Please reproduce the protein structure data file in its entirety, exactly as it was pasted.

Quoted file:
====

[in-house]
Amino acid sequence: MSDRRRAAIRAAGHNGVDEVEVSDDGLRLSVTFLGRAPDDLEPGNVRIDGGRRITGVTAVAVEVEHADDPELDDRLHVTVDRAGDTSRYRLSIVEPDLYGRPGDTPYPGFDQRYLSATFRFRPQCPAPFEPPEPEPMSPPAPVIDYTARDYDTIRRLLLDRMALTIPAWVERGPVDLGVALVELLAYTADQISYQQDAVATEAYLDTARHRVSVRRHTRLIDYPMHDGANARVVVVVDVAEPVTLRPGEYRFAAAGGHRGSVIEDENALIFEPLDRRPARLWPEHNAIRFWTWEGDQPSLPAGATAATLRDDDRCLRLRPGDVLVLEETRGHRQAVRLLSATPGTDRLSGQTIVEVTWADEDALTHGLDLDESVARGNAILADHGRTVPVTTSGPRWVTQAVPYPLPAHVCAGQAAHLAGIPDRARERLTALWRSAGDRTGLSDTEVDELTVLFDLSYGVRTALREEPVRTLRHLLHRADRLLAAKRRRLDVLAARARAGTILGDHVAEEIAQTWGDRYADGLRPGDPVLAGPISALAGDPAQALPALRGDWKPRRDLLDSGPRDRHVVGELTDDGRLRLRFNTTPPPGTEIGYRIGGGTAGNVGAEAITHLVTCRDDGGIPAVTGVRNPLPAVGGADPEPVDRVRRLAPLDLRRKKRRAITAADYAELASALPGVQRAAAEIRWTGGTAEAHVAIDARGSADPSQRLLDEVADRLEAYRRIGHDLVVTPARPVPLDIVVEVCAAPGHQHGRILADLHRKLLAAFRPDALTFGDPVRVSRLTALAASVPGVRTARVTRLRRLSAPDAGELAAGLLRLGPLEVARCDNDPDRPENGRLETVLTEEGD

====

[in-house]
Amino acid sequence: MSDRRRAAIRAAGHNGVDEVEVSDDGLRLSVTFLGRAPDDLEPGNVRIDGGRRITGVTAVAVEVEHADDPELDDRLHVTVDRAGDTSRYRLSIVEPDLYGRPGDTPYPGFDQRYLSATFRFRPQCPAPFEPPEPEPMSPPAPVIDYTARDYDTIRRLLLDRMALTIPAWVERGPVDLGVALVELLAYTADQISYQQDAVATEAYLDTARHRVSVRRHTRLIDYPMHDGANARVVVVVDVAEPVTLRPGEYRFAAAGGHRGSVIEDENALIFEPLDRRPARLWPEHNAIRFWTWEGDQPSLPAGATAATLRDDDRCLRLRPGDVLVLEETRGHRQAVRLLSATPGTDRLSGQTIVEVTWADEDALTHGLDLDESVARGNAILADHGRTVPVTTSGPRWVTQAVPYPLPAHVCAGQAAHLAGIPDRARERLTALWRSAGDRTGLSDTEVDELTVLFDLSYGVRTALREEPVRTLRHLLHRADRLLAAKRRRLDVLAARARAGTILGDHVAEEIAQTWGDRYADGLRPGDPVLAGPISALAGDPAQALPALRGDWKPRRDLLDSGPRDRHVVGELTDDGRLRLRFNTTPPPGTEIGYRIGGGTAGNVGAEAITHLVTCRDDGGIPAVTGVRNPLPAVGGADPEPVDRVRRLAPLDLRRKKRRAITAADYAELASALPGVQRAAAEIRWTGGTAEAHVAIDARGSADPSQRLLDEVADRLEAYRRIGHDLVVTPARPVPLDIVVEVCAAPGHQHGRILADLHRKLLAAFRPDALTFGDPVRVSRLTALAASVPGVRTARVTRLRRLSAPDAGELAAGLLRLGPLEVARCDNDPDRPENGRLETVLTEEGD